by WeatherFlow meteorologist Shea Gibson

 

Upon doing the forecast in the AM 6/6/14, I noticed what looked similar to a derecho having larger scale rotation.

Overnight warm front activity/warm air advection just south of an EAST-WEST stationary boundary typically sparks clusters of storms but usually not in this pattern.

In fact, this MCV managed to take on a life of its own. This cluster came across central GA (Atlanta area) and continued to rotate as it approached the coast, turning more East and gaining some banding off the warm waters.  Air temp and SST temps were right at 80°, which would have been conducive for tropical development. However, it fizzled out once it entered the Atlantic. Close call?

 

Overall system activity:

6-6-14

 

 

Here is the screenshot with the marked the rotation:

radar 6-6-14

And here is the radar loop – click on this link to see the full 12 hour loop: (Can only capture 5mb or less for this blog so I had to break up the loop into 2 x .gif to stay below that thresh hold) http://weather.rap.ucar.edu/radar/displayRad.php?icao=KCLX&prod=n0r&bkgr=black&endDate=20140606&endTime=18&duration=12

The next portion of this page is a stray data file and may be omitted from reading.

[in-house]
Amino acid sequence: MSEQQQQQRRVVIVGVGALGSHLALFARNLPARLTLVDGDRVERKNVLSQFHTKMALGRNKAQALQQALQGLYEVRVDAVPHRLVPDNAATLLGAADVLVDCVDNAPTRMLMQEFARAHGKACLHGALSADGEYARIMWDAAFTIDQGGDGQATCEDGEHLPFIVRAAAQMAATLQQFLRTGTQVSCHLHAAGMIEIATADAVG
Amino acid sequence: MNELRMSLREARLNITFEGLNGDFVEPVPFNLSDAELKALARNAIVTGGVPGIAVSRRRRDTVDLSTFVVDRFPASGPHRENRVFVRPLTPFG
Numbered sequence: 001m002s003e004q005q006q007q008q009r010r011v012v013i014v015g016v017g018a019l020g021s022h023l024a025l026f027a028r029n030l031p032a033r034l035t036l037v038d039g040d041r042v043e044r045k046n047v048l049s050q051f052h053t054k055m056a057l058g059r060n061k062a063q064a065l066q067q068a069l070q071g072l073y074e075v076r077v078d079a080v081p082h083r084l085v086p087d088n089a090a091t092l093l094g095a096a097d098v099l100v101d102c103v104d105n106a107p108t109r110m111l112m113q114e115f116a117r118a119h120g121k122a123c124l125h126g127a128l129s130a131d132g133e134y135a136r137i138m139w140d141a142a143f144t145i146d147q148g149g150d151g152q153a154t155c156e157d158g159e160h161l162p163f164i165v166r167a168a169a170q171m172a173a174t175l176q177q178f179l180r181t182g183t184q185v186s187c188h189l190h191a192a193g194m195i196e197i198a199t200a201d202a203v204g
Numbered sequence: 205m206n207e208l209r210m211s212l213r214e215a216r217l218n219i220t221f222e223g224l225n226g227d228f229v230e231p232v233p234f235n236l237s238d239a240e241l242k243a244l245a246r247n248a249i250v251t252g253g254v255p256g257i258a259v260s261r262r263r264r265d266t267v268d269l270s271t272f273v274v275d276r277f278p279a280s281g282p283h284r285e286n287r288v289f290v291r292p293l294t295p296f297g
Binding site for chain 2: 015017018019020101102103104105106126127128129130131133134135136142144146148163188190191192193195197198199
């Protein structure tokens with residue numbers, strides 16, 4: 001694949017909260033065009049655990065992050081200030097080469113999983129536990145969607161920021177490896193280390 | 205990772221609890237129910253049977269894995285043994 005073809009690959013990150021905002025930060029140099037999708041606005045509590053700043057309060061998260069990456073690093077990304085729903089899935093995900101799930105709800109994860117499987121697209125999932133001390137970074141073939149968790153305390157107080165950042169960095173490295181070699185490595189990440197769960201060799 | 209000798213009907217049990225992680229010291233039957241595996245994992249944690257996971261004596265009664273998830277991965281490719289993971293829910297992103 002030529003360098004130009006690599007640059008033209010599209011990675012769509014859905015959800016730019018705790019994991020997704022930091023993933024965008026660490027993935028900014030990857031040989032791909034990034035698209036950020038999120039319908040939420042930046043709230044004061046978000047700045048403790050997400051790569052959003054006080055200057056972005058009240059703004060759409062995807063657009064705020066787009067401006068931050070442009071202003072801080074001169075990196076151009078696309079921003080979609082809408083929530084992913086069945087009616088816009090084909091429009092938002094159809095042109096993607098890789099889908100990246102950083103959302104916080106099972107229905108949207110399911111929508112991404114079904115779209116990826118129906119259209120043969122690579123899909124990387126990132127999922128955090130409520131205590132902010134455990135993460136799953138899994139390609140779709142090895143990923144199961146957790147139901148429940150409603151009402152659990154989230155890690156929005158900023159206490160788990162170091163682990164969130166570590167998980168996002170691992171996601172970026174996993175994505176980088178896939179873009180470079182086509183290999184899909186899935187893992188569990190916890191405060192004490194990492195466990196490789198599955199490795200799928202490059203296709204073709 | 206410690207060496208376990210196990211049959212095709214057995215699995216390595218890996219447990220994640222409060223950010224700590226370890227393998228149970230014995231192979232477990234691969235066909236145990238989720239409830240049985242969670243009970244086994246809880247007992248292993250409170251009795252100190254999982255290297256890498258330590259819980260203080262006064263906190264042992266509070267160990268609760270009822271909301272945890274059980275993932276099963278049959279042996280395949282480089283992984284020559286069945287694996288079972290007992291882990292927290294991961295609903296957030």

Here are the 2 parts:

Regional Radar 6-6-14

Regional Radar 6-6-14(2)

 

This is yet another one of those “tricky” situations easily overlooked that can sometimes form tropical systems very quickly… and with the recent rapid intensification process we have seen (especially with this year’s “Amanda” in the eastern Pacific), it’s something not to ignore by any means.

 

Reference to rapid intensification of “Amanda” can be seen in our blog by WeatherFlow meteorologist Mike Godsey:  http://wp.me/p4sVyF-4aq